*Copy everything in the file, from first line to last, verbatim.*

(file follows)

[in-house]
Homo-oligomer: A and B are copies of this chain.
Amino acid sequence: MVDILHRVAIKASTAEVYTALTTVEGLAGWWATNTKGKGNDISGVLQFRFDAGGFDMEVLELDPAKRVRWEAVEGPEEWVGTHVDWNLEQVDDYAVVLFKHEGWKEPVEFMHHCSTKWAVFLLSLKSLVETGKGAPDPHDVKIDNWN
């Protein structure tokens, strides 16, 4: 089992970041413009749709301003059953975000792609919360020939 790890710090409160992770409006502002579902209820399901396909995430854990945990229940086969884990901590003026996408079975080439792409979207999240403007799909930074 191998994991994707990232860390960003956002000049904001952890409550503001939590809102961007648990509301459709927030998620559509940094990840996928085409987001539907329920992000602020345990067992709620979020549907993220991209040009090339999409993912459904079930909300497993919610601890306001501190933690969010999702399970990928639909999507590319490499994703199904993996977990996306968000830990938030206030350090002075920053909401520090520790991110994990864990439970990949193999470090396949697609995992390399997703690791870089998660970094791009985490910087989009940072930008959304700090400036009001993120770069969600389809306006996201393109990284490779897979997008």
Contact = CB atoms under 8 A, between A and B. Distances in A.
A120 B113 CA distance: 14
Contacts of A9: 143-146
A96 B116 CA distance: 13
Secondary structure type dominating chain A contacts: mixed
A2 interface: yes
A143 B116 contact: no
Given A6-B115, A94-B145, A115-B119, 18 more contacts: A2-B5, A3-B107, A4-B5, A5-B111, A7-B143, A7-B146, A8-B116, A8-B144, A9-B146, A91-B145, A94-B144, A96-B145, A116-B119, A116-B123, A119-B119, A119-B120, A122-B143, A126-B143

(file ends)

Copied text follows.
[in-house]
Homo-oligomer: A and B are copies of this chain.
Amino acid sequence: MVDILHRVAIKASTAEVYTALTTVEGLAGWWATNTKGKGNDISGVLQFRFDAGGFDMEVLELDPAKRVRWEAVEGPEEWVGTHVDWNLEQVDDYAVVLFKHEGWKEPVEFMHHCSTKWAVFLLSLKSLVETGKGAPDPHDVKIDNWN
């Protein structure tokens, strides 16, 4: 089992970041413009749709301003059953975000792609919360020939 790890710090409160992770409006502002579902209820399901396909995430854990945990229940086969884990901590003026996408079975080439792409979207999240403007799909930074 191998994991994707990232860390960003956002000049904001952890409550503001939590809102961007648990509301459709927030998620559509940094990840996928085409987001539907329920992000602020345990067992709620979020549907993220991209040009090339999409993912459904079930909300497993919610601890306001501190933690969010999702399970990928639909999507590319490499994703199904993996977990996306968000830990938030206030350090002075920053909401520090520790991110994990864990439970990949193999470090396949697609995992390399997703690791870089998660970094791009985490910087989009940072930008959304700090400036009001993120770069969600389809306006996201393109990284490779897979997008």
Contact = CB atoms under 8 A, between A and B. Distances in A.
A120 B113 CA distance: 14
Contacts of A9: 143-146
A96 B116 CA distance: 13
Secondary structure type dominating chain A contacts: mixed
A2 interface: yes
A143 B116 contact: no
Given A6-B115, A94-B145, A115-B119, 18 more contacts: A2-B5, A3-B107, A4-B5, A5-B111, A7-B143, A7-B146, A8-B116, A8-B144, A9-B146, A91-B145, A94-B144, A96-B145, A116-B119, A116-B123, A119-B119, A119-B120, A122-B143, A126-B143